Monday, September 23, 2013

The Nasty Was, Well, Nasty (and a Total Blast)

I sent email and Facebook posts Saturday night with a one-sentence summary of my experience at GORUCK's Nasty at Massnutten Resort in McGaheysville, VA: It was a blast, and now the husband needs to be very, very nice to me so that I don't get him in trouble for the multitude of bruises in awkward places on my body. Yes, I have set a new record on the number of bruises, but it was well worth it. And now for the more-than-one sentence account.

The Nasty was billed as "obstacles and beer ... Special Forces style." Beer was one dollar. The obstacles were the Special Forces style, patterned after those on Nasty Nick, the obstacle course that all Green Berets must pass in their Selection process. Unlike events such as Tough Mudder or the Spartan Race, Nasty was not a race. Some of the people in the first wave to start, at the same 7:00 a.m. for which my alarm was set, clearly treated it as such, with the fastest finisher taking roughly one and a half hours to complete the 19 obstacles located on the six-mile course that included climbing three of the resort's ski slopes.

Having done several other GORUCK events, I knew more people there than I thought I did. Picking up my event packet, a man came up beside me, greeted me by name, and gave me a hug. I will be honest and admit that I could not tell you which event or events I'd done with him. Heading to the cash register in the PX to pay for our merchandise, the founder of GORUCK greeted me by name and gave me a large hug. There were several people whom I did recall from my first GORUCK event even before they asked how my head was or noted that it looked better than it had after that event. One person approached and said he'd done the Charlottesville Challenge with me. It was nice to feel part of a larger community; it made me a bit less nervous about what was to come the next day.

I did Nasty with the sons and the girlfriend of the younger one. I was heartened by the fact that the sum of their three ages was larger than my singular age. (When I tested for my black belt in Myo Sim kendo, the combined ages of the three people with whom I tested was less than my age.) We made a good team, encouraging each other and, where needed, physically assisting each other, though that was more of the males assisting the females than the other way around. We were in the wave starting at 10:00, which was good since younger son and girlfriend did not arrive at our hotel room until 2:00 a.m. If we'd been starting earlier, we'd have started with a much larger sleep deficit.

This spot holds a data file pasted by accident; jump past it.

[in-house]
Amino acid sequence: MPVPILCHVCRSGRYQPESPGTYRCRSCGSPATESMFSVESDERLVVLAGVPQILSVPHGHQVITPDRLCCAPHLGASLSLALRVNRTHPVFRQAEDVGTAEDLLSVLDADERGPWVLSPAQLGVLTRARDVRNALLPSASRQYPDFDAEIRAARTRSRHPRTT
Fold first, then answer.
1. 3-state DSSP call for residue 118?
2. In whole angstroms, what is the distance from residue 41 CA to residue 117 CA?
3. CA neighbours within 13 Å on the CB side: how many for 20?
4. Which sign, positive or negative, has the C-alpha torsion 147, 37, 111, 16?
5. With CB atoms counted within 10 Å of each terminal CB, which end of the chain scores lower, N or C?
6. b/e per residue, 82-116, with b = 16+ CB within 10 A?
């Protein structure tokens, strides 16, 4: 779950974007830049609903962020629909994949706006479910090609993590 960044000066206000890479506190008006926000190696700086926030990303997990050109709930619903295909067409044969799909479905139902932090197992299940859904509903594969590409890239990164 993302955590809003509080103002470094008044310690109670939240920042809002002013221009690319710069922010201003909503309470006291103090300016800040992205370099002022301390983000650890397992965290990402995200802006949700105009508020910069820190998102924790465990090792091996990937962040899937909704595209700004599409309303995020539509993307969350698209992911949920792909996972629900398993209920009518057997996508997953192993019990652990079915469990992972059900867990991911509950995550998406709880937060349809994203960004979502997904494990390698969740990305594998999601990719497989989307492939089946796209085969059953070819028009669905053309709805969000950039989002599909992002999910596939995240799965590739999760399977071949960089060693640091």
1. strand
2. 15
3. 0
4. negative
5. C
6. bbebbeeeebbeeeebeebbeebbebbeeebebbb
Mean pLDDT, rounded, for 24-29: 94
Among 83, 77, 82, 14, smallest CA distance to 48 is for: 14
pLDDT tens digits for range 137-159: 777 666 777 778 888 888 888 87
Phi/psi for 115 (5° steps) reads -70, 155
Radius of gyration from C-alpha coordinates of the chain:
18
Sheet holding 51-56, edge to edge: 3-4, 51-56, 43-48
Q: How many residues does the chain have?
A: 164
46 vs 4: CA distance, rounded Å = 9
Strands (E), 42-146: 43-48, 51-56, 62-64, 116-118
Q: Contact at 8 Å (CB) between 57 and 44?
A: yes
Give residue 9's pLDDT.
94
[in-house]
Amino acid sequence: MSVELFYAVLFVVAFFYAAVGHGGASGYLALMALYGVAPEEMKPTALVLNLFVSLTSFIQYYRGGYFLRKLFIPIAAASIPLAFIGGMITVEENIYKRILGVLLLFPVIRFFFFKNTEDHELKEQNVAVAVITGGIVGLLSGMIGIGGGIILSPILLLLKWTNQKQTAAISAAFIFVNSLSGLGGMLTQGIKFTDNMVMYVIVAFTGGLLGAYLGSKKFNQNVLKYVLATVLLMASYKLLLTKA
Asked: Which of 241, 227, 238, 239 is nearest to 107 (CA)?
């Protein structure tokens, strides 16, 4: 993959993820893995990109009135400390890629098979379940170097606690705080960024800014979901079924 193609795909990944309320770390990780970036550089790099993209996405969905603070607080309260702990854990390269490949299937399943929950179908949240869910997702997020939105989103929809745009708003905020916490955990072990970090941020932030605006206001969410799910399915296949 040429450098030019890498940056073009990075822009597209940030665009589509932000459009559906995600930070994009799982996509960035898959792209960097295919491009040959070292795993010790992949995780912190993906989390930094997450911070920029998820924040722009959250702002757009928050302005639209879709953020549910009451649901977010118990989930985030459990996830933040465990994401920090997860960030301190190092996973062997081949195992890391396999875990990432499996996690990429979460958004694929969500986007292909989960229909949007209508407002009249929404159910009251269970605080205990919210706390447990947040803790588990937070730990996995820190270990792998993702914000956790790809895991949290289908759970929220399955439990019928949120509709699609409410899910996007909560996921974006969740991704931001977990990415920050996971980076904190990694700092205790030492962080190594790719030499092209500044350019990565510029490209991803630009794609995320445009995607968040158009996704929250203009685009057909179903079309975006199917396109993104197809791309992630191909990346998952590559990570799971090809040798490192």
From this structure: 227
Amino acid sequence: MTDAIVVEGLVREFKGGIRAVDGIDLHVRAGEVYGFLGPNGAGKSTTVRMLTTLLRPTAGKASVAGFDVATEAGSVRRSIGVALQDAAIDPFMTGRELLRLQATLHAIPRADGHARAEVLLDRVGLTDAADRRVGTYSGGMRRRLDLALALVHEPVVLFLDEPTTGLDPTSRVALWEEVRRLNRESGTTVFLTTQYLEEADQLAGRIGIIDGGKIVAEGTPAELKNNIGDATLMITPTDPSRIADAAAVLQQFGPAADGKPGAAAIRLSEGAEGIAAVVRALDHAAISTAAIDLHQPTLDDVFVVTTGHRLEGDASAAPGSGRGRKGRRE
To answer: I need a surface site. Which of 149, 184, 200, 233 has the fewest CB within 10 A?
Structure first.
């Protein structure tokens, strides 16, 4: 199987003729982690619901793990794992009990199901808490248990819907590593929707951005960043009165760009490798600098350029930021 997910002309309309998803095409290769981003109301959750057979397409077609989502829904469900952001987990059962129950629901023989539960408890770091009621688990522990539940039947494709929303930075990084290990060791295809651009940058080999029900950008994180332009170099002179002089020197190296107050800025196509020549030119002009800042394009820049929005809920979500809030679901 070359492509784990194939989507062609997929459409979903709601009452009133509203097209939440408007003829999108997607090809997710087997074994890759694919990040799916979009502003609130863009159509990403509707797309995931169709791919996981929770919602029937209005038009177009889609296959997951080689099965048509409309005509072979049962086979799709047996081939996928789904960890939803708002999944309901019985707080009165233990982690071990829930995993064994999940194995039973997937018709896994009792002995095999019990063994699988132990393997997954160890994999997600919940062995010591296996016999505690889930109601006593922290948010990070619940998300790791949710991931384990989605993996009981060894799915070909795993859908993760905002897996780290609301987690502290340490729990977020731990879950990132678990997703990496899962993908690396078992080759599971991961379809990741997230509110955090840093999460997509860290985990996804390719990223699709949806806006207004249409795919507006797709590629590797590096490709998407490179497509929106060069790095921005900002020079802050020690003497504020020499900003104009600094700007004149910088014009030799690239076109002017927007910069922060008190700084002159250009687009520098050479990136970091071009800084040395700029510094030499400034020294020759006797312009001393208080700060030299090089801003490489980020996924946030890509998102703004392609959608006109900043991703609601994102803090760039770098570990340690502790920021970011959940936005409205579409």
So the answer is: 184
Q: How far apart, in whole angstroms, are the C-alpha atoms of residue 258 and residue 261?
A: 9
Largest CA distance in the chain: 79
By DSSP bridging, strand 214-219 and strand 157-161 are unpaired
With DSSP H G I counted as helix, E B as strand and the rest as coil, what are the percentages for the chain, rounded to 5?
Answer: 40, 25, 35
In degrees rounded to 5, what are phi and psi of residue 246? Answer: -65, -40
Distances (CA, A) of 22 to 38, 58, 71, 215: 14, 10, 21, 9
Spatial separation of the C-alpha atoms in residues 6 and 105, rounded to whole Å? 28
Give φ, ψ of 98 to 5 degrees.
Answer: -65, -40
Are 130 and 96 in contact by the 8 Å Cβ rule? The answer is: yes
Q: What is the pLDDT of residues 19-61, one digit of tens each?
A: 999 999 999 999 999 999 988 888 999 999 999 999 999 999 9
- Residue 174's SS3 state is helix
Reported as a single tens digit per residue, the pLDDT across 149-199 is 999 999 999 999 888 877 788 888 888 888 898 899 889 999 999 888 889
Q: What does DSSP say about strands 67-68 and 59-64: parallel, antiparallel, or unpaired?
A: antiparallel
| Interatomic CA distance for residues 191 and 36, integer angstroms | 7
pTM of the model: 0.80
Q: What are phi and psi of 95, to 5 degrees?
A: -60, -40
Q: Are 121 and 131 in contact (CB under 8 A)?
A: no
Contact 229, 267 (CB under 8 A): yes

Arriving for our start, there were not many people my age to be seen. We passed three women looking to be close to my age and who were looking up at the course as they drank coffee. I noted that they must be the mothers who were not doing it with their kids. I eventually saw a woman looking to be about my age and wearing a number indicating that she was doing Nasty; she turned out to be five years younger, but at least in the same decade of life. We also ran into more people with whom we had done other GORUCK events, something that also happened at several points along the course. Again, the feeling of community was a nice one.

The initial maps of the Nasty course showed 27 obstacles. Some got cut and some got moved, meaning that the map was somewhat outdated. The reconstruction from memory that older son and I did generated 19 obstacles and a possibly accurate list of the order in which they appeared on the course. If I got some of the order or some of the names wrong, I apologize. We weren't exactly checking them off as we completed them given that we weren't carrying any extraneous things such as pencil and course map with us. Many people were carrying rucksacks or water bladder bags. We thought about carrying water but decided that we didn't want weight on our backs to interfere with our balance. Given that there were three water stations along the course, we didn't miss having water with us. There was also at least one obstacle at which people were told to remove any sort of backpack. When we finished the course, I actually voiced the question of whether someone might have left a backpack or bag somewhere along the course. If it were too far up the course, retrieving it could be a real hassle.